Friday, January 30, 2009

The Real Challenge

Session was meeting; we were one hour into our time, greasing the machinery of the church. At the door-- visible because the Session room is glass-walled, as is the South entrance-- stood two young black men, not exactly dressed for church.
Because we had had a big shindig that day, the door was unlocked and many people were coming and going. One of them came to the door, and let the two young men in. Watching this unfold behind the elders' backs, I looked at the circle of elders, and I said to them, "someone needs...." Before I could get the call to serve out of my mouth, one elder was at the door, going to them. She began to talk to them, and one of the young men began to cry. She took them to the library; we could hear her telling them, "we need to pray for you." I said, "Jesus sent us out two by two..." and another elder jumped up and followed her to the library. Our parish associate went with him.
Our meeting continued, wheels were greased; but I was watching as person after person went by loading their cars, hearing the cries, dropping everything, and heading to the library. Within a few minutes, piles of bags had stacked up at the entrance door, and I could just see through the cracked open door of the library young and old, new and veteran Christians, black and white, on their knees with their hands on the backs of the two young black men.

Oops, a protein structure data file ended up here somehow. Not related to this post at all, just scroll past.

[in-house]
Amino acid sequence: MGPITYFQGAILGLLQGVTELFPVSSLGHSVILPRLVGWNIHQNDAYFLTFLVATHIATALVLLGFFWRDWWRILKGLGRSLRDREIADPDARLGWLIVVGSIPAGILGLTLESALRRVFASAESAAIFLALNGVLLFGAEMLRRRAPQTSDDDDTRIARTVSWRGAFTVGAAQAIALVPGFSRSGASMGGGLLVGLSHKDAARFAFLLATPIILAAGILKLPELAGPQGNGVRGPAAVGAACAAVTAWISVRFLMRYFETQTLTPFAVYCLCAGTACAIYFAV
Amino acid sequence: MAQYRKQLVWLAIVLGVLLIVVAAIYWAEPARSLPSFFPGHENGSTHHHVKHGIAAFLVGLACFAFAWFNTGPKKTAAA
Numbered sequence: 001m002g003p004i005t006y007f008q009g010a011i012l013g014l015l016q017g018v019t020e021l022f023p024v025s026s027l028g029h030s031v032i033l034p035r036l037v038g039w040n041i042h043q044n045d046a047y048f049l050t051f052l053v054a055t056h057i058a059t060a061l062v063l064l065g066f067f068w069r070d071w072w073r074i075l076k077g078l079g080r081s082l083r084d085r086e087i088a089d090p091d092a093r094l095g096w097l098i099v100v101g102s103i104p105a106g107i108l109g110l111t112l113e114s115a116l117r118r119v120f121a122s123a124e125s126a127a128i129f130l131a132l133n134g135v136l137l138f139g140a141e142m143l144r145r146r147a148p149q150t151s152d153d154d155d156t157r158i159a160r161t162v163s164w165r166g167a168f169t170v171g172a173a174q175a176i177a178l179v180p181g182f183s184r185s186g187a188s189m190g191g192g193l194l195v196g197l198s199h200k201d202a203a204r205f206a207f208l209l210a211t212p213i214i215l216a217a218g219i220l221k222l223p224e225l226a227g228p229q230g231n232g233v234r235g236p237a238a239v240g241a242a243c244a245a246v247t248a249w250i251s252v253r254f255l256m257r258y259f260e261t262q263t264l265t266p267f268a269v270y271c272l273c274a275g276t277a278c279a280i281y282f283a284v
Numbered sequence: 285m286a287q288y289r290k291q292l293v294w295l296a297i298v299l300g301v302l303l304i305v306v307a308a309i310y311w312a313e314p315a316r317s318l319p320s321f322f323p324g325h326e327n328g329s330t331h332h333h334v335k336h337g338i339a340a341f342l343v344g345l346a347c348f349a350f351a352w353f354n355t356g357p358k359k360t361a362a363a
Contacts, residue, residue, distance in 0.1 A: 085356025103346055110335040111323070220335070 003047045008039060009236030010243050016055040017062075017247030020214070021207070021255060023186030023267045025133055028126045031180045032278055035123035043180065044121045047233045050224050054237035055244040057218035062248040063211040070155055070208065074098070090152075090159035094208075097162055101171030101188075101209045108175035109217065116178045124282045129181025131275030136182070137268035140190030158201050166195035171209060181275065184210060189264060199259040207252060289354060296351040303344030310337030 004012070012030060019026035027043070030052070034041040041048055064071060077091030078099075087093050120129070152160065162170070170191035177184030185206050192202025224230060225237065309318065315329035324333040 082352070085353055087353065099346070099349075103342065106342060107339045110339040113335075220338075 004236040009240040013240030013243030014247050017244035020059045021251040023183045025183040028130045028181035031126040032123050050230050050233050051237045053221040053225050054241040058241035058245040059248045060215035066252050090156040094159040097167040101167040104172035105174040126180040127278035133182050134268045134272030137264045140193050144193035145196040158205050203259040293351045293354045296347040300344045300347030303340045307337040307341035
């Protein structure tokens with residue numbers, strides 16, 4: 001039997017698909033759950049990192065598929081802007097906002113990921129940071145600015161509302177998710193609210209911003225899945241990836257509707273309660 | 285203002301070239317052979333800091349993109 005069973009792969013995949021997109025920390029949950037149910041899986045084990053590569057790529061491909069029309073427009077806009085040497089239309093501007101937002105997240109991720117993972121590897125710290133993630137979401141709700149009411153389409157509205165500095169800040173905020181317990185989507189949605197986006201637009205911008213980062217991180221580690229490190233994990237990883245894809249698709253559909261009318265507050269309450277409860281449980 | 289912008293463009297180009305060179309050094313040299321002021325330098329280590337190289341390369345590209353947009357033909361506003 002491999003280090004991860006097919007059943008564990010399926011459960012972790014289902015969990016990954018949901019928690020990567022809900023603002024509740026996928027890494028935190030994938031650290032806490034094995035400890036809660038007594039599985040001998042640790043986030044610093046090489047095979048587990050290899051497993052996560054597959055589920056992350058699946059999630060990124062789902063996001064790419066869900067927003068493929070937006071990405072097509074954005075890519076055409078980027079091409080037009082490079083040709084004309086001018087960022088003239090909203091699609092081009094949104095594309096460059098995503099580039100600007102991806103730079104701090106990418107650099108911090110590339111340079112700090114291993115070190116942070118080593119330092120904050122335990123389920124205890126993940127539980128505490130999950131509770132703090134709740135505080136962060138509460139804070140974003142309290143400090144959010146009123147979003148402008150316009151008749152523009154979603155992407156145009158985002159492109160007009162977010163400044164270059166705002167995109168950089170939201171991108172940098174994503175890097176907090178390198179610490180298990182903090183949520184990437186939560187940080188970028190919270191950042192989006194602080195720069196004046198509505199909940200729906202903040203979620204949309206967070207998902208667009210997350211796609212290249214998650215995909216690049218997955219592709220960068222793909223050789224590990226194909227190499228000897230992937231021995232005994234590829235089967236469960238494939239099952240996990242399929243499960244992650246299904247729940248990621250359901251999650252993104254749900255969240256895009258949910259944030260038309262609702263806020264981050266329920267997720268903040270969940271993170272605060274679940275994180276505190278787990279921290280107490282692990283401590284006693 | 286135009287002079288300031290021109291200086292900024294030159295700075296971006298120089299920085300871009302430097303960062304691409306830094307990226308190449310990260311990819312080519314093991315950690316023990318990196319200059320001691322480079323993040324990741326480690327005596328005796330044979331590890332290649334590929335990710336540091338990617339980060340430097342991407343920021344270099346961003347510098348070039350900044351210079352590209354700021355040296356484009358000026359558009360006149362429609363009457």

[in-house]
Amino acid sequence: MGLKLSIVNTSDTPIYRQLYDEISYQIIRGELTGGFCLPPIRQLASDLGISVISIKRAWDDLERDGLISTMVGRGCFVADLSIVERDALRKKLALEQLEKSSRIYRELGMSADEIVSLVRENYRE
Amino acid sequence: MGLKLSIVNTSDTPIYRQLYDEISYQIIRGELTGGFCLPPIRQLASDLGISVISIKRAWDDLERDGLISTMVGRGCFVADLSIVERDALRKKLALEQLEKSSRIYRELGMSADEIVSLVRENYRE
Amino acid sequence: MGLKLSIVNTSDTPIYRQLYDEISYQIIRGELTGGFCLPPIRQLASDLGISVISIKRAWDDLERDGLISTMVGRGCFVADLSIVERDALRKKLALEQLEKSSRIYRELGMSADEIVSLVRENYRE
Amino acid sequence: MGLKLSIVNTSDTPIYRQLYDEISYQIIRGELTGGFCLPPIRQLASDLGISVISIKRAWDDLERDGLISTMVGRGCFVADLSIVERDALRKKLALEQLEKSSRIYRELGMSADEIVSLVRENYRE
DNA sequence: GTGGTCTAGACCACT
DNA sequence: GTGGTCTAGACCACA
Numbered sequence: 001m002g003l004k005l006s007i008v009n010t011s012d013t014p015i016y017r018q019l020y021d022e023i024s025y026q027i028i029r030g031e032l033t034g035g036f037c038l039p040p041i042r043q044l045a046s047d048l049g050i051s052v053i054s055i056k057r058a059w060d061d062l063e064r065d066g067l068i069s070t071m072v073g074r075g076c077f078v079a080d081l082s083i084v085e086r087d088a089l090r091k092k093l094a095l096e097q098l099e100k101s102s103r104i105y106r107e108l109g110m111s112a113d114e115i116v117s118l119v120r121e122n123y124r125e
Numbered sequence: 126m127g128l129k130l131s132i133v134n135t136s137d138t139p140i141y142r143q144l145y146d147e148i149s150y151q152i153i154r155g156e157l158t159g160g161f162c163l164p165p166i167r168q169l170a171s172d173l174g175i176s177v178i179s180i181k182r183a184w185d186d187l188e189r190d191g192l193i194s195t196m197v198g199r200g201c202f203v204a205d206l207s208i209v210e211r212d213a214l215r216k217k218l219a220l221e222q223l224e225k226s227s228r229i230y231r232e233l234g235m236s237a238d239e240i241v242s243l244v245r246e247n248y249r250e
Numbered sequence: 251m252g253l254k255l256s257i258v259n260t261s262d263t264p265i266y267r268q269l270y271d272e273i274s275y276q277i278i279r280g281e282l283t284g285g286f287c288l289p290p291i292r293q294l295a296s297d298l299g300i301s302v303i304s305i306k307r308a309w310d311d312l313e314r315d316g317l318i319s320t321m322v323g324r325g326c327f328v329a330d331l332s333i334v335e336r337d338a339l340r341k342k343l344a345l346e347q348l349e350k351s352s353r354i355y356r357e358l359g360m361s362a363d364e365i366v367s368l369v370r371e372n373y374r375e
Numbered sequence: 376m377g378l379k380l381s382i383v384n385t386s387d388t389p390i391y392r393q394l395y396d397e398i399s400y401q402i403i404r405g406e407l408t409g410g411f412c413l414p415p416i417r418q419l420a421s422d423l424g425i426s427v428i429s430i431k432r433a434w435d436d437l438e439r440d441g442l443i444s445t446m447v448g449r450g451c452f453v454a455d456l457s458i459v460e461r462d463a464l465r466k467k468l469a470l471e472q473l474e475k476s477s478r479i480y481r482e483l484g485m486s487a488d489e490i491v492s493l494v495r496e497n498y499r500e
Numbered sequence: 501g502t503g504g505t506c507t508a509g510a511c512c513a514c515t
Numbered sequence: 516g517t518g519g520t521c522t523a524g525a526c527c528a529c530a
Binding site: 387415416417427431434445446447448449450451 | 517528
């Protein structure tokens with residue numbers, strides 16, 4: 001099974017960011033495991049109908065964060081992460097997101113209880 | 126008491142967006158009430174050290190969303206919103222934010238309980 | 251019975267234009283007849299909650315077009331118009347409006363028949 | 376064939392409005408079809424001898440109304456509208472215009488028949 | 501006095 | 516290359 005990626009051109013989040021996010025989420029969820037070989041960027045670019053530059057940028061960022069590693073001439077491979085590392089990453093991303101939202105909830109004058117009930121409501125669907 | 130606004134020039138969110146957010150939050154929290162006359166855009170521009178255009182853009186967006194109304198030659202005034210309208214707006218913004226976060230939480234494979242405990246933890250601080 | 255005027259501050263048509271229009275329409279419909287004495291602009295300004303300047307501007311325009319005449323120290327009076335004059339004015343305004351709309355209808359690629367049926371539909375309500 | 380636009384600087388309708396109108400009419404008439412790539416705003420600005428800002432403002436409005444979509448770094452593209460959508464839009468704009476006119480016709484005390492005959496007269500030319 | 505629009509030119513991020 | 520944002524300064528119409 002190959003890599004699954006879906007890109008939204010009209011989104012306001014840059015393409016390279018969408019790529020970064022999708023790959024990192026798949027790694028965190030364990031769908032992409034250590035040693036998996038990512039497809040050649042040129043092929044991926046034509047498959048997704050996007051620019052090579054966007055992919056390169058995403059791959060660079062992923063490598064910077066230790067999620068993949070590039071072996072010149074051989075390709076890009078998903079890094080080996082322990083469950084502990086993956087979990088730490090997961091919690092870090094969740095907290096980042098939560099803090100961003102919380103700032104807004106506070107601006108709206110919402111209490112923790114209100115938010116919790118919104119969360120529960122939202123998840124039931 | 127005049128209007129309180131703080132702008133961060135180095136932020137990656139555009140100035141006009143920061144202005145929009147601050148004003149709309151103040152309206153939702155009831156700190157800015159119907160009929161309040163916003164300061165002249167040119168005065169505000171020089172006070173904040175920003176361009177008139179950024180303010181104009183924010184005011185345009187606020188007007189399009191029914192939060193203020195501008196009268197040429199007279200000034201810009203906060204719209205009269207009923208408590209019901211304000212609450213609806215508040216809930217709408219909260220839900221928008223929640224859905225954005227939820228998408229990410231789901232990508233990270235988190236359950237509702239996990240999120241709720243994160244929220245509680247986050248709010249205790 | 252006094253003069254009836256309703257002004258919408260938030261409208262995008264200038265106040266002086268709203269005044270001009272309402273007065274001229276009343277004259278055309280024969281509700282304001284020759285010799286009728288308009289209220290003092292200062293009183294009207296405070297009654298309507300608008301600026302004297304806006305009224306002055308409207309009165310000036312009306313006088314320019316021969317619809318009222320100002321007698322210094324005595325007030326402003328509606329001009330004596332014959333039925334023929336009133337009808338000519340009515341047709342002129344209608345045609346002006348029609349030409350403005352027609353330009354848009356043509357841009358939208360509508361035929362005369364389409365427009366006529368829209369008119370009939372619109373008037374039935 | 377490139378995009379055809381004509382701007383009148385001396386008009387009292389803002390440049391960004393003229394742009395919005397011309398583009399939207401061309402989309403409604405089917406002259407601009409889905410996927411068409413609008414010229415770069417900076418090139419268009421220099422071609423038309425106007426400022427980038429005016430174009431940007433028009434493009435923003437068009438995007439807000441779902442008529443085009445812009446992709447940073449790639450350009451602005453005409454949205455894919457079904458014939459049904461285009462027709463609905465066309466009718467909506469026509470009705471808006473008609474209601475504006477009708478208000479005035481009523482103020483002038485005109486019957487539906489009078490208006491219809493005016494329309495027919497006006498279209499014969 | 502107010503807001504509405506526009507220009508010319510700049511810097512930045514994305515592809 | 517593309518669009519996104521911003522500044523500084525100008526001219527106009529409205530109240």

At the end of the meeting, an hour later, they were still there; I went in and prayed with them, and heard their story. Abandoned by their parents, raised by grandparents who had recently died, fathers of children they did not really know and could not really help to raise-- they were little boys in men's costumes, trying to act like they knew what they were doing, when they were totally lost.
It had finally gotten bad enough that they simply started walking, looking for the doors of a church that would be open at 3:00 on a Sunday afternoon. Our building is on a street of churches, but we are a ways north of most of them. They had started at the southern end of the street-- we were the only door that was open.
This is a parable for our time: I have never felt more joy as a pastor than I felt that day, watching Jesus Christ use this community to hold on to those two young men, and help them to get their bearings in a world that did not seem to care if they failed or succeeded.
While we are inside arguing, a generation of young men is dying all around us. While we play at spiritual things, a generation is growing up ignorant of them. This is the real challenge of this time. It is time to as they say, "man up:"
For I am not ashamed of the gospel; it is the power of God for salvation to everyone who has faith, to the Jew first and also to the Greek. Romans 1:16

1 comment:

  1. But....your door was open, and so were the hearts of your parishioners.

    One of my favorite "old" Dragnet shows from the early 1950s involves a theft from a church on the day before Christmas eve. As Sergeant Friday is taking a statement from the pastor, he learns the the door was left unlocked.

    "You leave the door unlocked all night, Father?"

    "Yes, Sergeant, we do."

    "So any old thief can just walk in?"

    "Especially the thieves, Sergeant, especially the thieves."

    Many of our churches have fallen away from that perspective. Sounds as if yours is still in the "business" of saving souls and healing hearts. Well done, thou good and faithful servants.